Members of the Connaught Rangers who mutinied in India in June 1920 were commemorated in Tubbercurry in Co Sligo today.

President Michael D Higgins unveiled a monument which includes the names of four Sligo men who were involved.

The mutiny began as a peaceful protest on 28 June by soldiers based in Jullundur against British actions in Ireland, but it spread to another base at Solon with approximately 300 soldiers ultimately involved.

They initially refused to carry out their duties, raised the tricolour and sang rebel songs but it became violent when, on the evening of 1 July, soldiers at Solon attempted to recapture their rifles and the soldiers on guard opened fire, killing two men and wounding another.

The main mover behind the memorial to the mutineers in Tubbercurry was the granddaughter of local mutineer, James Gorman.

Mary Henry said that these men were "Ireland's forgotten heroes, their story having been lost in the story of our road to independence".

President Michael D Higgins unveiled the monument in Tubbercurry

They were the only group to take action outside of Ireland, she said, and they paid dearly for it.

President Higgins said that the mutiny is a fascinating story of an extraordinary act of defiance which has not received enough attention.

In total, some 61 men were convicted for their role in the mutiny, he said, with 14 sentenced to death by firing squad.

However all but one of those, Private James Daly, had their sentences commuted to prison terms and they were released following the signing of The Treaty.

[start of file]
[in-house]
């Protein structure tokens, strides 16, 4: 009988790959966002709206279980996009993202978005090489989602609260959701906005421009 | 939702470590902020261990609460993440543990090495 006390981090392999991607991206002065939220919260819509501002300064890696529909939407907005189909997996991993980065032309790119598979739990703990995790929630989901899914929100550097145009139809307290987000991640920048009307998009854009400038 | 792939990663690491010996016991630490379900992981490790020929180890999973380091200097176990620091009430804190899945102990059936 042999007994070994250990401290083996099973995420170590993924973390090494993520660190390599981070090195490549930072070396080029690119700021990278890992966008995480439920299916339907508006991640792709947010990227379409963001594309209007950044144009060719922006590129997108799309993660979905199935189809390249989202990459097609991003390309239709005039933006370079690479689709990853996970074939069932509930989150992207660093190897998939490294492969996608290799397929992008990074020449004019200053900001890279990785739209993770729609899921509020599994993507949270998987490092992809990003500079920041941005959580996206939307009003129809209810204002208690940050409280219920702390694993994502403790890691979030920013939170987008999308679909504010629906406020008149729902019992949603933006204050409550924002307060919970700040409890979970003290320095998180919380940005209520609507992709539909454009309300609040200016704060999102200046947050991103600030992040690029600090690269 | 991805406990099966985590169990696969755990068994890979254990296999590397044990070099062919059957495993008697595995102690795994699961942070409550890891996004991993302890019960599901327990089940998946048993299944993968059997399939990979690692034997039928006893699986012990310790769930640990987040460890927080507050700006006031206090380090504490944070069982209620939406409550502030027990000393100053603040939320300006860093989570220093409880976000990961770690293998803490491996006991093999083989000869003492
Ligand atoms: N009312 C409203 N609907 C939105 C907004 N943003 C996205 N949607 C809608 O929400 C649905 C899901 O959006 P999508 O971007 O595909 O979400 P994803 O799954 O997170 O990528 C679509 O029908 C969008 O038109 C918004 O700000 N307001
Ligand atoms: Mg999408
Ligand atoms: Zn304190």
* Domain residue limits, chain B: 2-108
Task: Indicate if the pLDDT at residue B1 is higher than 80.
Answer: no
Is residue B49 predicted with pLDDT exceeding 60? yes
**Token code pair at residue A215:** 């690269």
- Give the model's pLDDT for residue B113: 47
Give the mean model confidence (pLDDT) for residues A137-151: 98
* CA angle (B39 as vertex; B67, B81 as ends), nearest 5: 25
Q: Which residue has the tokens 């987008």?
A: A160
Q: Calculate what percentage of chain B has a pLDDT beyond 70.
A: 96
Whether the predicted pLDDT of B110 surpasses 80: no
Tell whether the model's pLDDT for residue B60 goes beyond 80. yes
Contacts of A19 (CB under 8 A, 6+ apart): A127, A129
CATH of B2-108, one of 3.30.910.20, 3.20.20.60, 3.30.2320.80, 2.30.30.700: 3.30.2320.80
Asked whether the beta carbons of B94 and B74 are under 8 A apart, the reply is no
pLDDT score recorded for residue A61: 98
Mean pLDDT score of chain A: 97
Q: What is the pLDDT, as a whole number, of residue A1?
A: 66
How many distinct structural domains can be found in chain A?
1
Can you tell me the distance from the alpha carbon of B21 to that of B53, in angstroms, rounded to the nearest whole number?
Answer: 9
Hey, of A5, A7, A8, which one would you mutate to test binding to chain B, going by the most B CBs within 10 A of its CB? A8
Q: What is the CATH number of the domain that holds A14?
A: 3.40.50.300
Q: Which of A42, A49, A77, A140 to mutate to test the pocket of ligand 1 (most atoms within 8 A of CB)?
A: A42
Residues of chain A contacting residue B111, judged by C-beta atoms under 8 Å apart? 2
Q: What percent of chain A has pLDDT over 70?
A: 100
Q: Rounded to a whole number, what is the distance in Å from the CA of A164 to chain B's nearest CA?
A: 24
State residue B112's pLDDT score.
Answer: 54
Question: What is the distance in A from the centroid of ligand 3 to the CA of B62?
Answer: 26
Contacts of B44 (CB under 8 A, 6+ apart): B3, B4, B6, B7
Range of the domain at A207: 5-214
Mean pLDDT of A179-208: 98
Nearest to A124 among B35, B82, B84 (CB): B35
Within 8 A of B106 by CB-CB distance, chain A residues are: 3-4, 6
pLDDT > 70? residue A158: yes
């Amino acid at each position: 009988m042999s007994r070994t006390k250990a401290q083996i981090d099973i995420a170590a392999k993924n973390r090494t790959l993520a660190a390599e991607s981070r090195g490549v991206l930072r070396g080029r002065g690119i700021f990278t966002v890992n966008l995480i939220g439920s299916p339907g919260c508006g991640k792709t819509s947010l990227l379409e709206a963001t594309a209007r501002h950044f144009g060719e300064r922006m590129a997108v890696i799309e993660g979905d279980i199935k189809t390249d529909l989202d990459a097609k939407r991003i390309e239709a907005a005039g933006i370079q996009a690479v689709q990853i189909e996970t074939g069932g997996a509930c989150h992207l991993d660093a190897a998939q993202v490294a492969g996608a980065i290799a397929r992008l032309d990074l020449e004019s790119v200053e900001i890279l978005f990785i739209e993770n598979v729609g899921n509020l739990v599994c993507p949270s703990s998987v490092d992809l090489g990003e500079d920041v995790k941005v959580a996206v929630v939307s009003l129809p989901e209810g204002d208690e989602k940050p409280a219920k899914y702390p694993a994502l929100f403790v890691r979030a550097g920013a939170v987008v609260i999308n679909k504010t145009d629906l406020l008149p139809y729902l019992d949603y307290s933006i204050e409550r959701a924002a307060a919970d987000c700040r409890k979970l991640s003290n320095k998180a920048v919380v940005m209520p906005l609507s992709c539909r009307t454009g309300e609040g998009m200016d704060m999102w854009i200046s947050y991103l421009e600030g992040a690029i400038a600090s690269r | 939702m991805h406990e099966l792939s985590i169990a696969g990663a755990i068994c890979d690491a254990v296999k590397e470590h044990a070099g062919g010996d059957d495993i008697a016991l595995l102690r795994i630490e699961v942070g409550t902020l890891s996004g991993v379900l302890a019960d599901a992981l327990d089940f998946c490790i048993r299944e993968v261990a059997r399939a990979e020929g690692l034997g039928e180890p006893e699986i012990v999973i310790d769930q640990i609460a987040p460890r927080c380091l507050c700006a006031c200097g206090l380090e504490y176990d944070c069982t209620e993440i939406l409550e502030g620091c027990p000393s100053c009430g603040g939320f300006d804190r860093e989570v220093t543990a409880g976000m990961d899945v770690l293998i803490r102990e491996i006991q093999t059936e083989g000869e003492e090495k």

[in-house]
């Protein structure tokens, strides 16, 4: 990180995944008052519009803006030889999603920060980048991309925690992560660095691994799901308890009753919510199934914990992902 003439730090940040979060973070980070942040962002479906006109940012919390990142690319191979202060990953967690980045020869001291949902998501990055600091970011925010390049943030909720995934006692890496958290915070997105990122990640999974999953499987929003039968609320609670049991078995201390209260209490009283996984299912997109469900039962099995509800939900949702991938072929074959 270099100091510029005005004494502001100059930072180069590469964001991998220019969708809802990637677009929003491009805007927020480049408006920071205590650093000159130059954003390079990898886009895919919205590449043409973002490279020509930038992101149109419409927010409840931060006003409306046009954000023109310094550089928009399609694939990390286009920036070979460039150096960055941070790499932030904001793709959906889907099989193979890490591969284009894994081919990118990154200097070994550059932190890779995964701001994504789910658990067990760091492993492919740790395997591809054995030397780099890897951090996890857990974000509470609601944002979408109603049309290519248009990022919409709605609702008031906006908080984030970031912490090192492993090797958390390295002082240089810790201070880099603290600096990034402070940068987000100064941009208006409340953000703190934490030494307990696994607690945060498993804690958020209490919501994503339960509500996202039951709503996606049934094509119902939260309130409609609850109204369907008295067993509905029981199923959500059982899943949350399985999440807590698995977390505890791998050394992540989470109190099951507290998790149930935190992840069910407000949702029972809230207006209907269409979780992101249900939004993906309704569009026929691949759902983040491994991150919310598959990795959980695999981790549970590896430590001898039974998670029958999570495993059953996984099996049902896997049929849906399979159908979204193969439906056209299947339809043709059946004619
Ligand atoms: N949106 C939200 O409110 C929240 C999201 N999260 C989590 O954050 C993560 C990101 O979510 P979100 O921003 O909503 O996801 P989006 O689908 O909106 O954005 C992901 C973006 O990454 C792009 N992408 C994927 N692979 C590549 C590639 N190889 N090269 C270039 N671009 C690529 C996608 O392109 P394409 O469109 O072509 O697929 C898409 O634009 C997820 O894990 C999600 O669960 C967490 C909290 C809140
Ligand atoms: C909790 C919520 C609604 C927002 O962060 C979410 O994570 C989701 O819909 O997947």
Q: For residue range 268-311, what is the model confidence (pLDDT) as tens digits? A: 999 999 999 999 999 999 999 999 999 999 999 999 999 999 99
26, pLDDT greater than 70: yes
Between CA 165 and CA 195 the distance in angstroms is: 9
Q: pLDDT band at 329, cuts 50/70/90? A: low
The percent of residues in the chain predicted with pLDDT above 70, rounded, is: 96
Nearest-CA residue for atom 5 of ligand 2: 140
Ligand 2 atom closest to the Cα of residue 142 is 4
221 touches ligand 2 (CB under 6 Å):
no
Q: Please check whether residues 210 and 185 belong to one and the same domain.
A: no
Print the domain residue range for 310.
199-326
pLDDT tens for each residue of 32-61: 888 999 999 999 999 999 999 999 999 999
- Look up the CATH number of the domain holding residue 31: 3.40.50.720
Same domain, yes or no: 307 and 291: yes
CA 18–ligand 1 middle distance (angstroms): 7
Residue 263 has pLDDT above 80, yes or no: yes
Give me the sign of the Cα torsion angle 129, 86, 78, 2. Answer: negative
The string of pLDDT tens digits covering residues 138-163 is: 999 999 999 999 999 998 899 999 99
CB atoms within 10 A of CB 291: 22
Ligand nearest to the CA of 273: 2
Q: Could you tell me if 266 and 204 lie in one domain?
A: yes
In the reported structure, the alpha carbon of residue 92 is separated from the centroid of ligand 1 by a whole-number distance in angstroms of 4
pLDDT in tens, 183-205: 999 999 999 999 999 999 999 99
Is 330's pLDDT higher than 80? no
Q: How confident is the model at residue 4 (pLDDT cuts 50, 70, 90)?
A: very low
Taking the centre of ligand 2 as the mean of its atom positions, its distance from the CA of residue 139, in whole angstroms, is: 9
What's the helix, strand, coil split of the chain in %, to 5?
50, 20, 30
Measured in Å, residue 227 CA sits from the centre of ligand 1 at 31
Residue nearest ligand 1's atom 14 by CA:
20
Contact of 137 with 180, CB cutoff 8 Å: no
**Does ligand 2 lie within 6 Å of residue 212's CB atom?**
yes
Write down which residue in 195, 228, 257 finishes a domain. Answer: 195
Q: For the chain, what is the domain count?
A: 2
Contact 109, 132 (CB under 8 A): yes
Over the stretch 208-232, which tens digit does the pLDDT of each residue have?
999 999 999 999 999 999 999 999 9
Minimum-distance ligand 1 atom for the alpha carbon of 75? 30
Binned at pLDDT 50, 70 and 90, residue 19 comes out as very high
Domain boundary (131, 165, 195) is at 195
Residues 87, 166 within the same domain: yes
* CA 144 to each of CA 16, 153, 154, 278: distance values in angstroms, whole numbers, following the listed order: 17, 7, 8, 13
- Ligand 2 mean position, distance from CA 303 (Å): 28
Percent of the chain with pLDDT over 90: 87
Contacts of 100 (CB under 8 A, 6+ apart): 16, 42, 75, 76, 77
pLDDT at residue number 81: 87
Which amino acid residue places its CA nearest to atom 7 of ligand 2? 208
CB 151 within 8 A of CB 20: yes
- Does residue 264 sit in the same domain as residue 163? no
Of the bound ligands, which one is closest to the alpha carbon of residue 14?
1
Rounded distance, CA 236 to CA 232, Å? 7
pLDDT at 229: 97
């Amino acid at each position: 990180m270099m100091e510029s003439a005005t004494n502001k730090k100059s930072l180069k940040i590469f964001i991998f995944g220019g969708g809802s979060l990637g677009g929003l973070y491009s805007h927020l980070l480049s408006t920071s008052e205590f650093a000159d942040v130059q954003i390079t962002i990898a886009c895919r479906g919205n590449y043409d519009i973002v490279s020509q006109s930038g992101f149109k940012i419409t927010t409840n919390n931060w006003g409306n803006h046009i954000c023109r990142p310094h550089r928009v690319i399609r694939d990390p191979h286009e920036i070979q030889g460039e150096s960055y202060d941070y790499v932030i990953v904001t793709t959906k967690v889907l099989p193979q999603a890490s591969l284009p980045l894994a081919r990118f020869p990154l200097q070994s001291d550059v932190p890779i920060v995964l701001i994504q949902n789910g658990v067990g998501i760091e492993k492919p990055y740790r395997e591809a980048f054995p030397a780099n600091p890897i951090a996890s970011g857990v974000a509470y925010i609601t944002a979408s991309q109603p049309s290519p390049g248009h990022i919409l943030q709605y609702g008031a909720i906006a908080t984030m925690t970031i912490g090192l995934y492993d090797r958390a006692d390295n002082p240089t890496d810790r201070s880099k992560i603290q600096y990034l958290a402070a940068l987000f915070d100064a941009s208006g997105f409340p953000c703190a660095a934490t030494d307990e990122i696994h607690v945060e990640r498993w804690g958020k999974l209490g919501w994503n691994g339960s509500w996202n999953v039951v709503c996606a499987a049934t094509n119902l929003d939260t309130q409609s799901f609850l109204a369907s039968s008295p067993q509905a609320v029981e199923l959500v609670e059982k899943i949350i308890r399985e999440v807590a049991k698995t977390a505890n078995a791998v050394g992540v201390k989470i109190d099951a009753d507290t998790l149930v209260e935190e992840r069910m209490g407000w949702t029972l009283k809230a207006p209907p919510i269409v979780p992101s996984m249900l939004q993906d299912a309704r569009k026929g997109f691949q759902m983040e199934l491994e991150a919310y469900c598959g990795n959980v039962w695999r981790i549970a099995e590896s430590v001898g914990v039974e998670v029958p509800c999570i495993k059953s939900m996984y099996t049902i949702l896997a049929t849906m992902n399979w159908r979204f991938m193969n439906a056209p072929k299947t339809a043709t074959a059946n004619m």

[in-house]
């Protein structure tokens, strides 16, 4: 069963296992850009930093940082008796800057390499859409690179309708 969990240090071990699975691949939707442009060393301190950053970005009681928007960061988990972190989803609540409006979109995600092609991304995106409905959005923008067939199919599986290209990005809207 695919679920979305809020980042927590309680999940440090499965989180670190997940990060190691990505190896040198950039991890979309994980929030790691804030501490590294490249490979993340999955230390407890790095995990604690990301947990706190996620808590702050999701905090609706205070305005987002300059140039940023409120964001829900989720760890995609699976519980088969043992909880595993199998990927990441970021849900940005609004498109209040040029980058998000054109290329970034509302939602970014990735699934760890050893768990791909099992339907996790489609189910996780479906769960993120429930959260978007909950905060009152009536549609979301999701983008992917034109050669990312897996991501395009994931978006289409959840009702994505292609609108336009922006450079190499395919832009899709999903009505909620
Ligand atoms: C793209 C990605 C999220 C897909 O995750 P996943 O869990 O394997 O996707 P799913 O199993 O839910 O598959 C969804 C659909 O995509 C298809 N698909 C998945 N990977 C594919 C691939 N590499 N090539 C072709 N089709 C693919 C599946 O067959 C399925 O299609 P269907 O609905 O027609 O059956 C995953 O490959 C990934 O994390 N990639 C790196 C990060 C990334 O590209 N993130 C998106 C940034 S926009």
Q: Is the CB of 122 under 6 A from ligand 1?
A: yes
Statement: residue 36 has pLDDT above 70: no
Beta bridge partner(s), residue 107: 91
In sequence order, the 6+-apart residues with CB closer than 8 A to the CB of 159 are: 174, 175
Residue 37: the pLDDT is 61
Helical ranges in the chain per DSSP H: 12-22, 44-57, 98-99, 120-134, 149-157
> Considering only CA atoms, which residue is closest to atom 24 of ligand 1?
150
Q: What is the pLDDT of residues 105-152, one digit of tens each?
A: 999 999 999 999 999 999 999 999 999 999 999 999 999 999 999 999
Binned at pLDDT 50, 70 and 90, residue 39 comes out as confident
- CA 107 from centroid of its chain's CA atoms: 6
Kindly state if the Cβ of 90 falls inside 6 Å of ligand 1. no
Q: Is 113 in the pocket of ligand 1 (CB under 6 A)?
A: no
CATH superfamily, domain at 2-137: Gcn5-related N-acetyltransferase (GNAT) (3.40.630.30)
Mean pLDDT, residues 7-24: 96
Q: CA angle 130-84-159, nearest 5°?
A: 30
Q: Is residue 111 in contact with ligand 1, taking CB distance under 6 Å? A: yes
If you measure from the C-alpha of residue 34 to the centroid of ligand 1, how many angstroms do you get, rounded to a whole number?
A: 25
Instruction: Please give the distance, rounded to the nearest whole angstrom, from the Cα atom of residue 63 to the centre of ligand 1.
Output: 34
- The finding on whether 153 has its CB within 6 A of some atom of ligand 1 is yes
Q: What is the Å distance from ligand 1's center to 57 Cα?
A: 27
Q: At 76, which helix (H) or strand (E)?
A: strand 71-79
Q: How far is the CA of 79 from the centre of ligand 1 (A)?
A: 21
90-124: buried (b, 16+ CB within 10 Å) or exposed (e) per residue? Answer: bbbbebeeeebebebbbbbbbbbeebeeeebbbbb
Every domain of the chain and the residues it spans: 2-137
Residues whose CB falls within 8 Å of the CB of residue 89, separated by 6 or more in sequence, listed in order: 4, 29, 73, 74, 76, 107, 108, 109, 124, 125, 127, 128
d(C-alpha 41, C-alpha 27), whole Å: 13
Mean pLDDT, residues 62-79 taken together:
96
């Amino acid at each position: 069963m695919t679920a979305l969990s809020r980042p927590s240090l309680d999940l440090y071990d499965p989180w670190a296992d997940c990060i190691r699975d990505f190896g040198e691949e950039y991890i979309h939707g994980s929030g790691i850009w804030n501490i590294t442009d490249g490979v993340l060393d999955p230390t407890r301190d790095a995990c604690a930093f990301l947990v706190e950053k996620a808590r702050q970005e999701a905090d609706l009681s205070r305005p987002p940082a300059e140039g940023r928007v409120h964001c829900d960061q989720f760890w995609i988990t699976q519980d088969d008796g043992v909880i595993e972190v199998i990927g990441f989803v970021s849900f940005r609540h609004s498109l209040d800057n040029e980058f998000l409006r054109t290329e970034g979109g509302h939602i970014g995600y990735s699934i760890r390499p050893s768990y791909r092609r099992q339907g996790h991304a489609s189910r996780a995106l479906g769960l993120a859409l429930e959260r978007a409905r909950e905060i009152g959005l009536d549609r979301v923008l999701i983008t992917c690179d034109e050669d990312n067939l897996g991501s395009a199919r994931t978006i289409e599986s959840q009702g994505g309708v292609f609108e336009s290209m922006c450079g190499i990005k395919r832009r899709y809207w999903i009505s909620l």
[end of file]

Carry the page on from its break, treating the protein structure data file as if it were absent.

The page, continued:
Today's commemoration ceremony took place 101 years to the day that Private James Daly from Tyrrellspass in Co Westmeath, who was considered the leader of the mutiny at Solon, was executed.

Desmond Kerrigan holding a picture of his father Charlie Kerrigan

Charlie Kerrigan from Glenfarne in Leitrim was one man whose death sentence was commuted to life in prison but his son Desmond, who attended today's ceremony, said he was released after the signing of The Treaty and came home to Glenfarne where he was a sheep farmer.

He had no money when he came back, he said, so his cousin James Kerrigan organised a dance with other local people to raise money for him to start his life over and he said he never had any regrets about his involvement in the mutiny.

Owen Gorman holding a picture of his grandfather James Gorman

Owen Gorman recalled his grandfather, James Gorman, talking about his time in prison following the mutiny.

He said they were brought back from India like convicts, in shackles and given bread and water.

He spent time in Maidstone prison where conditions were also poor, he said, before coming back to Tubbercurry.

Mr Gorman said he was very proud to attend today's ceremony and see his grandfather and the other men, finally being recognised for what they did.